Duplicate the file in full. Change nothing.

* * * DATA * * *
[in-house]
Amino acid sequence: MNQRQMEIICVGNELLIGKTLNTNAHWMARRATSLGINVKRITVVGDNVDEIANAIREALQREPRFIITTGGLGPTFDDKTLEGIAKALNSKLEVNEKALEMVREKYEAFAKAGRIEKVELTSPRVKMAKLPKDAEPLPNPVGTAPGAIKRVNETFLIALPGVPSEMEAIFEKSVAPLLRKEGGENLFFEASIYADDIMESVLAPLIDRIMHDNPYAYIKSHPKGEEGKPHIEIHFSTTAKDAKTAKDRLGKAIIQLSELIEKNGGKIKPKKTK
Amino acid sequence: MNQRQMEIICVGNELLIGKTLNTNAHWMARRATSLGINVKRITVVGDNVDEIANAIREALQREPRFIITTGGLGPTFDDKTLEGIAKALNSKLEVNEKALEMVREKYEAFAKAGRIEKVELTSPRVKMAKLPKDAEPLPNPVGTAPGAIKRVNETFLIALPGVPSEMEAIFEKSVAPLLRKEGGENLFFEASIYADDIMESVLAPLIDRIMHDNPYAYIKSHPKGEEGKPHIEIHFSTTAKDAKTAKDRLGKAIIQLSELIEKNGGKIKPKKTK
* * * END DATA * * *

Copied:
[in-house]
Amino acid sequence: MNQRQMEIICVGNELLIGKTLNTNAHWMARRATSLGINVKRITVVGDNVDEIANAIREALQREPRFIITTGGLGPTFDDKTLEGIAKALNSKLEVNEKALEMVREKYEAFAKAGRIEKVELTSPRVKMAKLPKDAEPLPNPVGTAPGAIKRVNETFLIALPGVPSEMEAIFEKSVAPLLRKEGGENLFFEASIYADDIMESVLAPLIDRIMHDNPYAYIKSHPKGEEGKPHIEIHFSTTAKDAKTAKDRLGKAIIQLSELIEKNGGKIKPKKTK
Amino acid sequence: MNQRQMEIICVGNELLIGKTLNTNAHWMARRATSLGINVKRITVVGDNVDEIANAIREALQREPRFIITTGGLGPTFDDKTLEGIAKALNSKLEVNEKALEMVREKYEAFAKAGRIEKVELTSPRVKMAKLPKDAEPLPNPVGTAPGAIKRVNETFLIALPGVPSEMEAIFEKSVAPLLRKEGGENLFFEASIYADDIMESVLAPLIDRIMHDNPYAYIKSHPKGEEGKPHIEIHFSTTAKDAKTAKDRLGKAIIQLSELIEKNGGKIKPKKTK